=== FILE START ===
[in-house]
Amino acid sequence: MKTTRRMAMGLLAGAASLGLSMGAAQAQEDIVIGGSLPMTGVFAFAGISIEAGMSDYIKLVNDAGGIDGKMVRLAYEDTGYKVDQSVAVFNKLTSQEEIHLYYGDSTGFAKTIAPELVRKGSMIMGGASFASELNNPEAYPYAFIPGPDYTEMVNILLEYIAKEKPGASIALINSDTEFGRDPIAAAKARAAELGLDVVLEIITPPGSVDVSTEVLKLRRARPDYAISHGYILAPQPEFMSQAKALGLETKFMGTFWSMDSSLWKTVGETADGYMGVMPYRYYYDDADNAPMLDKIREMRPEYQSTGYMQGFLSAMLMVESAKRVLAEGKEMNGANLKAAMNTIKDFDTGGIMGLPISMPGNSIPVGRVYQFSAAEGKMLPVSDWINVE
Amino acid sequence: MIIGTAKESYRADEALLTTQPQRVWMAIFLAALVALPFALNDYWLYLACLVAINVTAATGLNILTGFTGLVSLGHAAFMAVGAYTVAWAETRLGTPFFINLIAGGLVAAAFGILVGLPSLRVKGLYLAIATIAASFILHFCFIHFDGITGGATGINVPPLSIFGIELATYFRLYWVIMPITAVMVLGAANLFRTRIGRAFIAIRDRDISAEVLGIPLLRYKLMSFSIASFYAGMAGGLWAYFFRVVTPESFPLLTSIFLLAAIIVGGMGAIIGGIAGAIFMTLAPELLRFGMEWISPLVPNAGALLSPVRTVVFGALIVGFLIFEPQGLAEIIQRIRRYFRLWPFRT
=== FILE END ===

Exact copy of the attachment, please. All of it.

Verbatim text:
[in-house]
Amino acid sequence: MKTTRRMAMGLLAGAASLGLSMGAAQAQEDIVIGGSLPMTGVFAFAGISIEAGMSDYIKLVNDAGGIDGKMVRLAYEDTGYKVDQSVAVFNKLTSQEEIHLYYGDSTGFAKTIAPELVRKGSMIMGGASFASELNNPEAYPYAFIPGPDYTEMVNILLEYIAKEKPGASIALINSDTEFGRDPIAAAKARAAELGLDVVLEIITPPGSVDVSTEVLKLRRARPDYAISHGYILAPQPEFMSQAKALGLETKFMGTFWSMDSSLWKTVGETADGYMGVMPYRYYYDDADNAPMLDKIREMRPEYQSTGYMQGFLSAMLMVESAKRVLAEGKEMNGANLKAAMNTIKDFDTGGIMGLPISMPGNSIPVGRVYQFSAAEGKMLPVSDWINVE
Amino acid sequence: MIIGTAKESYRADEALLTTQPQRVWMAIFLAALVALPFALNDYWLYLACLVAINVTAATGLNILTGFTGLVSLGHAAFMAVGAYTVAWAETRLGTPFFINLIAGGLVAAAFGILVGLPSLRVKGLYLAIATIAASFILHFCFIHFDGITGGATGINVPPLSIFGIELATYFRLYWVIMPITAVMVLGAANLFRTRIGRAFIAIRDRDISAEVLGIPLLRYKLMSFSIASFYAGMAGGLWAYFFRVVTPESFPLLTSIFLLAAIIVGGMGAIIGGIAGAIFMTLAPELLRFGMEWISPLVPNAGALLSPVRTVVFGALIVGFLIFEPQGLAEIIQRIRRYFRLWPFRT